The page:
Kayla Nguyen, Contributing Writer
As part of a grant from the Nuclear Energy University Programs of the U.S. Department of Energy (DOE) for inter-university nuclear research, the University of Dallas Physics Department received a $192,000 grant last May toward its “Elastic/Inelastic Measurement Project.” The project aims to study the neutron-scattering probabilities of materials important in a fission reactor environment and analyzes the amount of energy loss in reactors.
The project is a joint effort among three schools: the University of Dallas, the University of Kentucky (UK) and the United States Naval Academy. The schools will work together to create a common proposal to send to the DOE.
“The goal of this project is to measure with high precision and accuracy the nuclear data of greatest importance to the Advanced Fuels Program of the DOE: scattered neutrons on coolants and structural materials,” UD physics professor Dr. Sally Hicks explained.
The research will be important for improving the efficiency of current nuclear reactors. Furthermore, all of the measurements taken will be used for developing new reactors that minimize nuclear waste.
“The safety of reactors is key,” Hicks said. “You want them to run in a critical mode where they are self-sustaining and with increased energy efficiency.”
The grant – which is part of a total grant of $880,000 from the DOE for collaborative research among UD, UK, the U.S. Naval Academy and the Idaho National Laboratory – will cover multiple costs associated with the project. Primarily, it will cover travel expenses for Dr. Hicks and the two to four UD physics majors, who have not yet been picked, who will work with her this summer. The 10-week research project will require students to travel to use the particle accelerator and lab at the University of Kentucky, where they will be lab assistants to the researchers. After three weeks of intensive research in the lab, which runs 24 hours a day, they will return to UD and analyze the data. With that data, they will compile a report to send to the DOE. The money will also be used to rent isotopically-enriched samples from the Oak Ridge National Laboratory, to provide summer salaries for the students and to purchase additional lab supplies.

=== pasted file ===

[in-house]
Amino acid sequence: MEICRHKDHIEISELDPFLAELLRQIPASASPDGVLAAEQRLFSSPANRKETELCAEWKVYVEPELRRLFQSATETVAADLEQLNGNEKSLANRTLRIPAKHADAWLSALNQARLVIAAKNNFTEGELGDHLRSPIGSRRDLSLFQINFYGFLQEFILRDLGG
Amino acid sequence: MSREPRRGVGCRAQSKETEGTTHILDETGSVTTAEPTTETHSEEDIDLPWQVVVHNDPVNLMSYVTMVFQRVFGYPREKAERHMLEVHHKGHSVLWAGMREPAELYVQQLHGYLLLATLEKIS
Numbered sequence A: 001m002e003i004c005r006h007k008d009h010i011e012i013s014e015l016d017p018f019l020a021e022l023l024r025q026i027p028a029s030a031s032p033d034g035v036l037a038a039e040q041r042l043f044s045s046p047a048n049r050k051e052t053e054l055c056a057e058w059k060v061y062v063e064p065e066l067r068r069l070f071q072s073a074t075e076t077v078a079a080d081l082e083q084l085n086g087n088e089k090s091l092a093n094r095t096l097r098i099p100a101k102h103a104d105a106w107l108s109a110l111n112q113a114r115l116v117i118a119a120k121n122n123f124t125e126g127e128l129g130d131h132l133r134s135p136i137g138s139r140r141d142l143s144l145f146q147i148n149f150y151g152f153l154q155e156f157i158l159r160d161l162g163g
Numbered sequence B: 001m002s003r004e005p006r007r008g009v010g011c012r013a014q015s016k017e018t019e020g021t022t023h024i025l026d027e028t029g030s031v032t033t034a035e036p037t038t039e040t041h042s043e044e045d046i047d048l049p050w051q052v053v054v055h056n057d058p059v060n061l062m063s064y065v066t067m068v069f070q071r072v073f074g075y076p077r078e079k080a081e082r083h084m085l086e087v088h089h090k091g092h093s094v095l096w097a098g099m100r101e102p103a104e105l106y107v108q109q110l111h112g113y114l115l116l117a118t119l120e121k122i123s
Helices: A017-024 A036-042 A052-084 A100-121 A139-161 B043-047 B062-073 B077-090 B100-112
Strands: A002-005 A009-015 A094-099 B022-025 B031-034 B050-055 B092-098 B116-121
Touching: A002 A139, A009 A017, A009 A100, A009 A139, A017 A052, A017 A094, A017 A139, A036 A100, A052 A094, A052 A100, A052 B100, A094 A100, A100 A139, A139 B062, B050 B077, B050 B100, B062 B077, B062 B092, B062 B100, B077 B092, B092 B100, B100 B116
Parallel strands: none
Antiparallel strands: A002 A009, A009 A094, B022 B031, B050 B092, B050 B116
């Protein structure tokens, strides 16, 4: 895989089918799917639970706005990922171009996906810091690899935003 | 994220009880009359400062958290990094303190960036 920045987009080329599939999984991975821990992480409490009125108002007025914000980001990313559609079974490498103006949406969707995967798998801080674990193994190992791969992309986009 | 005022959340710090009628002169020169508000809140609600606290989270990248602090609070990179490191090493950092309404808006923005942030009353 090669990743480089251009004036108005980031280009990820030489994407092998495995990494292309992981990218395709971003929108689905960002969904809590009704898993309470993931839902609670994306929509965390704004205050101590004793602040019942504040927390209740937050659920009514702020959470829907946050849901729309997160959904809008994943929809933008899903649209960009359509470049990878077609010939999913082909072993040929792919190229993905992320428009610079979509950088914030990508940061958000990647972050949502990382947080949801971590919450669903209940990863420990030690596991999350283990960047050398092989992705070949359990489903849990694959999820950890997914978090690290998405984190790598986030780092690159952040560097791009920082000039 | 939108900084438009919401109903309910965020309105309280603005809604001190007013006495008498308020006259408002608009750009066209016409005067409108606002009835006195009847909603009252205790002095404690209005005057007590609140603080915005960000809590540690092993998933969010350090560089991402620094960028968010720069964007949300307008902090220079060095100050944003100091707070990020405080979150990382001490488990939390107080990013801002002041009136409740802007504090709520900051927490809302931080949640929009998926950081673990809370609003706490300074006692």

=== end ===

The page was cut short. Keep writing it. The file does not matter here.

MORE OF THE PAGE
Dr. Hicks, who received her master’s degree in physics at UK, has been funded to do research there ever since she came to UD. She has taken seven students to UK over the last three years for research, but is particularly enthusiastic about this summer because it is the first time the program has received a DOE grant. The students accompanying Hicks will work as research assistants at UK; the experience is often an assistant’s first exposure to a particle accelerator.
“University of Kentucky is a great place to send undergraduates because they get to participate in the process and all aspects of the experiment,” Hicks said. “[The students] can be very innovative, they are very good at data analysis, and I have learned many things from [them].”